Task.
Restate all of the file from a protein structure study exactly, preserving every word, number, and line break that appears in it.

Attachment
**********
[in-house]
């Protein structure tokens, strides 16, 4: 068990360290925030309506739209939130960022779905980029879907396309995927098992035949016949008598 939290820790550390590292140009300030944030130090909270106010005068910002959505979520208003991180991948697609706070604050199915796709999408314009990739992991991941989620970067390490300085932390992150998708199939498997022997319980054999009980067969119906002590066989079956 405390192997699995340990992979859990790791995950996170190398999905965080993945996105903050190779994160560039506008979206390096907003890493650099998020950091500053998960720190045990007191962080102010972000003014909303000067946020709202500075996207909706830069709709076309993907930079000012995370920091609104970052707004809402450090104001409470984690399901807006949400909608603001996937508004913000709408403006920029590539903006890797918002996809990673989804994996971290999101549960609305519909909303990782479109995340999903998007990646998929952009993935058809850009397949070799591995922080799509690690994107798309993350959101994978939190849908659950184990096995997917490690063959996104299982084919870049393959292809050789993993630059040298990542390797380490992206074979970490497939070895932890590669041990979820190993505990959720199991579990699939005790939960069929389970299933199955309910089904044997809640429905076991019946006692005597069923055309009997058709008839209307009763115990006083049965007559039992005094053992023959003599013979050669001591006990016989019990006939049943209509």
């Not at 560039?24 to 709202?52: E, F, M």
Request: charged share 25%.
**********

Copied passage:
[in-house]
């Protein structure tokens, strides 16, 4: 068990360290925030309506739209939130960022779905980029879907396309995927098992035949016949008598 939290820790550390590292140009300030944030130090909270106010005068910002959505979520208003991180991948697609706070604050199915796709999408314009990739992991991941989620970067390490300085932390992150998708199939498997022997319980054999009980067969119906002590066989079956 405390192997699995340990992979859990790791995950996170190398999905965080993945996105903050190779994160560039506008979206390096907003890493650099998020950091500053998960720190045990007191962080102010972000003014909303000067946020709202500075996207909706830069709709076309993907930079000012995370920091609104970052707004809402450090104001409470984690399901807006949400909608603001996937508004913000709408403006920029590539903006890797918002996809990673989804994996971290999101549960609305519909909303990782479109995340999903998007990646998929952009993935058809850009397949070799591995922080799509690690994107798309993350959101994978939190849908659950184990096995997917490690063959996104299982084919870049393959292809050789993993630059040298990542390797380490992206074979970490497939070895932890590669041990979820190993505990959720199991579990699939005790939960069929389970299933199955309910089904044997809640429905076991019946006692005597069923055309009997058709008839209307009763115990006083049965007559039992005094053992023959003599013979050669001591006990016989019990006939049943209509």
């Not at 560039?24 to 709202?52: E, F, M």
Request: charged share 25%.